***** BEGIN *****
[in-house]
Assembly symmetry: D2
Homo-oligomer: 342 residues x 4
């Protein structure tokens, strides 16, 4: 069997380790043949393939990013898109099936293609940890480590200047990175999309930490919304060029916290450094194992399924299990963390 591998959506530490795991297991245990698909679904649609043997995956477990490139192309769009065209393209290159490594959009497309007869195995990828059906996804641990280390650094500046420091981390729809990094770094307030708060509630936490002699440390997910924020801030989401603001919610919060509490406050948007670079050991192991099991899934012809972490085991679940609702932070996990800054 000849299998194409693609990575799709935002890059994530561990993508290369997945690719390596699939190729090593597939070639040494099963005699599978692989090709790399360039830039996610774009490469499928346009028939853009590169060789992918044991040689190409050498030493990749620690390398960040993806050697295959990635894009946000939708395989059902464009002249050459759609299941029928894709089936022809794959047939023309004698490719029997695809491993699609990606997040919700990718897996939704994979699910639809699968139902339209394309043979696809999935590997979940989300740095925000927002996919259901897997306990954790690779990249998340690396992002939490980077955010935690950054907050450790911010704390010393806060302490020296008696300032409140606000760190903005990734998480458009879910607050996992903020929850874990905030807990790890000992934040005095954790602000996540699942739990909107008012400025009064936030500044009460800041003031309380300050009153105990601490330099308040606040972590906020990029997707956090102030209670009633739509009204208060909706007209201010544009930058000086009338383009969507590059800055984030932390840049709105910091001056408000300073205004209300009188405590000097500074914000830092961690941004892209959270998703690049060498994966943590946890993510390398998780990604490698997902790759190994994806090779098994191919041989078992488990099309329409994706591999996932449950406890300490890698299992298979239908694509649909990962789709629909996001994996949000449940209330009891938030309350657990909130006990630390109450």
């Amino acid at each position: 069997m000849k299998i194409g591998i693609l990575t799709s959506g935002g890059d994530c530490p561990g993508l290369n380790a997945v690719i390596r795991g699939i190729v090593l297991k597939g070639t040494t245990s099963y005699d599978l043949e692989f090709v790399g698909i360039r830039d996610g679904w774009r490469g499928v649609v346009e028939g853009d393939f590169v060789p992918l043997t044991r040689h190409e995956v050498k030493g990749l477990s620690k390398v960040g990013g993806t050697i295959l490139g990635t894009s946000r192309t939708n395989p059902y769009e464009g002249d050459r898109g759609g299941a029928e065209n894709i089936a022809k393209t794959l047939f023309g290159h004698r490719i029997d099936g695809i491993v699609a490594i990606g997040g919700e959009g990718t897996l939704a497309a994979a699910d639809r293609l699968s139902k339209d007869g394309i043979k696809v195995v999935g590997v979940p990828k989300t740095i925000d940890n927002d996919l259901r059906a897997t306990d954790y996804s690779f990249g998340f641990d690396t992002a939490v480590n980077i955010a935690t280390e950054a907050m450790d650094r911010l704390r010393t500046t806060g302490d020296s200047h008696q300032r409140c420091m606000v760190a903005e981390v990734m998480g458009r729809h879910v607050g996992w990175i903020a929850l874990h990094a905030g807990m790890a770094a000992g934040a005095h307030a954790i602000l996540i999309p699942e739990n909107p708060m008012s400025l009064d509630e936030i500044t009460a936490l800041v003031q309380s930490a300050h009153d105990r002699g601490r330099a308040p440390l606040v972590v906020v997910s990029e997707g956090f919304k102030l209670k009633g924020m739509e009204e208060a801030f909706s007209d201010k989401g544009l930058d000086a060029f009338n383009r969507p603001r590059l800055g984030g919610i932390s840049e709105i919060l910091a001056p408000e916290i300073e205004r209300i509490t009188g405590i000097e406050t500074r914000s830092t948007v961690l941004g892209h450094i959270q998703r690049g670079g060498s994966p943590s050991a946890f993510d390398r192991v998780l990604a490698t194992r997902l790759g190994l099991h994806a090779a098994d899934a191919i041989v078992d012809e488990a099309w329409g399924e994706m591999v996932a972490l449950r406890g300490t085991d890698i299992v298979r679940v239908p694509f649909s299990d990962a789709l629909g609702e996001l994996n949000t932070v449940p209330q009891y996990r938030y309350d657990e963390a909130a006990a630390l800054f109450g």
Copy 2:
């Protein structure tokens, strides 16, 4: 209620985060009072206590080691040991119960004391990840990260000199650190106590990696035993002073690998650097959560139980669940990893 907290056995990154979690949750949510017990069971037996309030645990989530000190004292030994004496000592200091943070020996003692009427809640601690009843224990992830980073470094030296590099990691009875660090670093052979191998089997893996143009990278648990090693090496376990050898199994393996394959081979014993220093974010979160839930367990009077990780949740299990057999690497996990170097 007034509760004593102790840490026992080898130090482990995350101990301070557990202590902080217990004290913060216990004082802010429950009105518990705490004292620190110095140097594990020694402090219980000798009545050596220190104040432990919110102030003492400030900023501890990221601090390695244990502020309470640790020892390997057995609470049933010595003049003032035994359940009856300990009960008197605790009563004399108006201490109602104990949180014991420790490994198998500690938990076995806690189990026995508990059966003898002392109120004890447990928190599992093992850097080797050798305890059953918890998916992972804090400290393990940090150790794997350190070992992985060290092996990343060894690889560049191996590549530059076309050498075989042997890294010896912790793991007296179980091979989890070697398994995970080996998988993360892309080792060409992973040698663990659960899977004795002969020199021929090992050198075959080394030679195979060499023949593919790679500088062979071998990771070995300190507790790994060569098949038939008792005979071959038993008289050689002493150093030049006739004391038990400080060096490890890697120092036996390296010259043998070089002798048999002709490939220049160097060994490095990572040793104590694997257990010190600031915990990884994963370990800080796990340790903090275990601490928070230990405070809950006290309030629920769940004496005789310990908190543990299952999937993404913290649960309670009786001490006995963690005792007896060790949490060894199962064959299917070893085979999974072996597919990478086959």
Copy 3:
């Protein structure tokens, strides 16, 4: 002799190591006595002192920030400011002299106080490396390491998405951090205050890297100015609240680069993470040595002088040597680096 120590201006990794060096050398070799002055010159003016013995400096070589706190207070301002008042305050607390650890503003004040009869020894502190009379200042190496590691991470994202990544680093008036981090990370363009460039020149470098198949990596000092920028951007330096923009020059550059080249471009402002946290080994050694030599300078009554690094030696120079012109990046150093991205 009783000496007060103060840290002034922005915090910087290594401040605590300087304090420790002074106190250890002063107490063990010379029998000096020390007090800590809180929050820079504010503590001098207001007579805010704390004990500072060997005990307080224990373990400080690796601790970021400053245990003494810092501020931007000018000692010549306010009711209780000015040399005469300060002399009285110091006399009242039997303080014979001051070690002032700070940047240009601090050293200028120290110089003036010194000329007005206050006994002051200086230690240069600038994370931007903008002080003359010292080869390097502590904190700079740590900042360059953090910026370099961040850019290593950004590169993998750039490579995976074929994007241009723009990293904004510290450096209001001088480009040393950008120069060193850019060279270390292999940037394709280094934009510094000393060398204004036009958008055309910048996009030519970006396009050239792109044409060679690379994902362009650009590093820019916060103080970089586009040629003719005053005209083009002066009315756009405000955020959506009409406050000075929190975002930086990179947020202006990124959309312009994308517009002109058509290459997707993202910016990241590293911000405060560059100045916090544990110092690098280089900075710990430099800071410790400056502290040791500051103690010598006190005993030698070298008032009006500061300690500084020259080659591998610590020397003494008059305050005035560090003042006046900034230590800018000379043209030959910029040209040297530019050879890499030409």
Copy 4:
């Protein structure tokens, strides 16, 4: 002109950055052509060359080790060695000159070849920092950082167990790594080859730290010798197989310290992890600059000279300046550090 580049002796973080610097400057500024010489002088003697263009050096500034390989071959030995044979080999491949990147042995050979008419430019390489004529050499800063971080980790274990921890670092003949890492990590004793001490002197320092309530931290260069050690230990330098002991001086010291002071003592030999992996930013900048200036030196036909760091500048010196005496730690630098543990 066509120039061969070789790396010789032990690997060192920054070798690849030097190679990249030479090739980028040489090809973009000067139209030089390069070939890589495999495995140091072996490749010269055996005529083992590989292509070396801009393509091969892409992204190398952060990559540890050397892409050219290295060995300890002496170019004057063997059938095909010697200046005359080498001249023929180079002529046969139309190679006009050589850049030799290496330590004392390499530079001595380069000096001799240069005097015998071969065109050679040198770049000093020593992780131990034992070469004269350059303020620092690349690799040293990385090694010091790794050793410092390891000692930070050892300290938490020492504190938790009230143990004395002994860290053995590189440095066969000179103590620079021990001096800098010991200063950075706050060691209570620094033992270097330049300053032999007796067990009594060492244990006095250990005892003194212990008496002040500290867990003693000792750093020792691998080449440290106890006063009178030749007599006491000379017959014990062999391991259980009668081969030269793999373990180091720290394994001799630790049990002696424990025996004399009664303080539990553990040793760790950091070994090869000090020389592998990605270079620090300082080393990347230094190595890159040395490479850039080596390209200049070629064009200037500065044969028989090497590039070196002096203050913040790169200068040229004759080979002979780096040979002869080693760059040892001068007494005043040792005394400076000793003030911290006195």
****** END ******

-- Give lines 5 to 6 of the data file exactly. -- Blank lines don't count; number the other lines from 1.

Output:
């Amino acid at each position: 069997m000849k299998i194409g591998i693609l990575t799709s959506g935002g890059d994530c530490p561990g993508l290369n380790a997945v690719i390596r795991g699939i190729v090593l297991k597939g070639t040494t245990s099963y005699d599978l043949e692989f090709v790399g698909i360039r830039d996610g679904w774009r490469g499928v649609v346009e028939g853009d393939f590169v060789p992918l043997t044991r040689h190409e995956v050498k030493g990749l477990s620690k390398v960040g990013g993806t050697i295959l490139g990635t894009s946000r192309t939708n395989p059902y769009e464009g002249d050459r898109g759609g299941a029928e065209n894709i089936a022809k393209t794959l047939f023309g290159h004698r490719i029997d099936g695809i491993v699609a490594i990606g997040g919700e959009g990718t897996l939704a497309a994979a699910d639809r293609l699968s139902k339209d007869g394309i043979k696809v195995v999935g590997v979940p990828k989300t740095i925000d940890n927002d996919l259901r059906a897997t306990d954790y996804s690779f990249g998340f641990d690396t992002a939490v480590n980077i955010a935690t280390e950054a907050m450790d650094r911010l704390r010393t500046t806060g302490d020296s200047h008696q300032r409140c420091m606000v760190a903005e981390v990734m998480g458009r729809h879910v607050g996992w990175i903020a929850l874990h990094a905030g807990m790890a770094a000992g934040a005095h307030a954790i602000l996540i999309p699942e739990n909107p708060m008012s400025l009064d509630e936030i500044t009460a936490l800041v003031q309380s930490a300050h009153d105990r002699g601490r330099a308040p440390l606040v972590v906020v997910s990029e997707g956090f919304k102030l209670k009633g924020m739509e009204e208060a801030f909706s007209d201010k989401g544009l930058d000086a060029f009338n383009r969507p603001r590059l800055g984030g919610i932390s840049e709105i919060l910091a001056p408000e916290i300073e205004r209300i509490t009188g405590i000097e406050t500074r914000s830092t948007v961690l941004g892209h450094i959270q998703r690049g670079g060498s994966p943590s050991a946890f993510d390398r192991v998780l990604a490698t194992r997902l790759g190994l099991h994806a090779a098994d899934a191919i041989v078992d012809e488990a099309w329409g399924e994706m591999v996932a972490l449950r406890g300490t085991d890698i299992v298979r679940v239908p694509f649909s299990d990962a789709l629909g609702e996001l994996n949000t932070v449940p209330q009891y996990r938030y309350d657990e963390a909130a006990a630390l800054f109450g």
Copy 2: